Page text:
Obama says jobless rate could drop to 8 percent

Obama says jobless rate could drop to 8 percent

Credit: AP

President Barack Obama talks about extending payroll tax cuts, Monday, Dec. 5, 2011, in the White House's Brady Briefing Room in Washington. (AP Photo/Haraz N. Ghanbari)

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by Steve Peoples

KMOV.com

Posted on December 9, 2011 at 7:54 PM

WASHINGTON (AP) -- Setting a new bar for the nation's economy, President Barack Obama said the unemployment rate could fall to 8 percent before he faces re-election next November.

The unemployment rate, currently at 8.6 percent, hasn't been at or below 8 percent since he took office in January 2009 amid a global economic crisis.

In a "60 Minutes" interview to air Sunday night, the president was asked specifically whether he would get the rate back down to 8 percent before next fall's general election.

"I think it's possible," Obama said, according to excerpts of the interview provided by CBS. "But ... I'm not in the job of prognosticating on the economy. I'm in the job of putting in place the tools that allow the economy to thrive and Americans to succeed."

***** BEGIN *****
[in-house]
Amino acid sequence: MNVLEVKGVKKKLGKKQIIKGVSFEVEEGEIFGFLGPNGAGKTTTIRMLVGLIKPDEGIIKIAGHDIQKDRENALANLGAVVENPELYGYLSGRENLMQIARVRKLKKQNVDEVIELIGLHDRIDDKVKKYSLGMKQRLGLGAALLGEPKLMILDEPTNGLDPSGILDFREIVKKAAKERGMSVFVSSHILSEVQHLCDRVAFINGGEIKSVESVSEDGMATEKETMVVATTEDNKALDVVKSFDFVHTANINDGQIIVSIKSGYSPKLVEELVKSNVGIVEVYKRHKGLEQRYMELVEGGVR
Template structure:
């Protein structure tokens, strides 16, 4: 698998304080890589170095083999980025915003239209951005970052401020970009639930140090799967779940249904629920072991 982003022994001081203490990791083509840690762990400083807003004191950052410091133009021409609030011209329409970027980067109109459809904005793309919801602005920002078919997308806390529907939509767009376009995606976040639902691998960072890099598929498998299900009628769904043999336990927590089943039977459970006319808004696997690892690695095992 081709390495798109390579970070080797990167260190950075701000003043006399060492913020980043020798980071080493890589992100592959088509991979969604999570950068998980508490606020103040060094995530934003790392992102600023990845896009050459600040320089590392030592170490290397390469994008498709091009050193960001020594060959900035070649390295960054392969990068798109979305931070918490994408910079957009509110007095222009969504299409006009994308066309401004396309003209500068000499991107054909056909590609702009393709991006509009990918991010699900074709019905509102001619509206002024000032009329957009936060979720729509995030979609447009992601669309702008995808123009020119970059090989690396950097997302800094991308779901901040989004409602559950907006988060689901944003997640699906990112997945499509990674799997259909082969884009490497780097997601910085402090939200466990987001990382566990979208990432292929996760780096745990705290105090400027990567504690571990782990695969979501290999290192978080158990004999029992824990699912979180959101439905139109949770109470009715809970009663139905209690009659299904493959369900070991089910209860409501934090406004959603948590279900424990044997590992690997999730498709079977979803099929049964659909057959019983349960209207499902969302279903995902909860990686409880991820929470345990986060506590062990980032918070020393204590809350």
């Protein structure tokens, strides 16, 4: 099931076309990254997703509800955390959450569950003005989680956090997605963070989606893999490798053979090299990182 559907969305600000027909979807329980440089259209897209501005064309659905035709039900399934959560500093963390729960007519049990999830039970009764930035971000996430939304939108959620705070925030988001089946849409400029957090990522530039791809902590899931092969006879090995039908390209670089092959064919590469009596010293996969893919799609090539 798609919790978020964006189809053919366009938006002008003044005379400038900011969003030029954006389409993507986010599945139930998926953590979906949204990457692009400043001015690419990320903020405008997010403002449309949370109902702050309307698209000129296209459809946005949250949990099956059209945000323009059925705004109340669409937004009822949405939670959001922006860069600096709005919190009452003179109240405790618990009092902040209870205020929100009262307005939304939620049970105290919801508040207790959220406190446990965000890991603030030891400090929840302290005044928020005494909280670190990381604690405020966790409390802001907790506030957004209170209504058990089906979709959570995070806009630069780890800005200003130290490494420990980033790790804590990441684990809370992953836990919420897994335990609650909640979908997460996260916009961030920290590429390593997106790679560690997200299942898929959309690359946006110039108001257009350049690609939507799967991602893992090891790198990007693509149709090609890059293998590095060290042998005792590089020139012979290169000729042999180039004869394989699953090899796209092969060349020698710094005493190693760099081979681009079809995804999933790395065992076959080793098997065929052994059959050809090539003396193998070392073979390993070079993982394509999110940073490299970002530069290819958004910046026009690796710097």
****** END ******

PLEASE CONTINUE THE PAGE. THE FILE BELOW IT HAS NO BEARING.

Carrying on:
Obama said that he didn't overpromise or underestimate the task of reviving the nation's economy but that it would likely extend beyond his presidency.

"I always believed that this was a long-term project," he said. "For individual Americans, who are struggling right now, they have every reason to be impatient. Reversing structural problems in our economy that have been building up for two decades, that was going to take time. It was going to take more than a year. It was going to take more than two years. It was going to take more than one term. Probably takes more than one president."

In the interview, Obama likened himself to a sea captain guiding a ship through a bad storm. So long as the boat is rocking and people are getting sick, he said, people will blame the captain.

"People are going say, `You know what? A good captain would have had us in some smooth waters and sunny skies, at this point,'" he said. "And I don't control the weather. What I can control are the policies we're putting in place to make a difference in people's lives."

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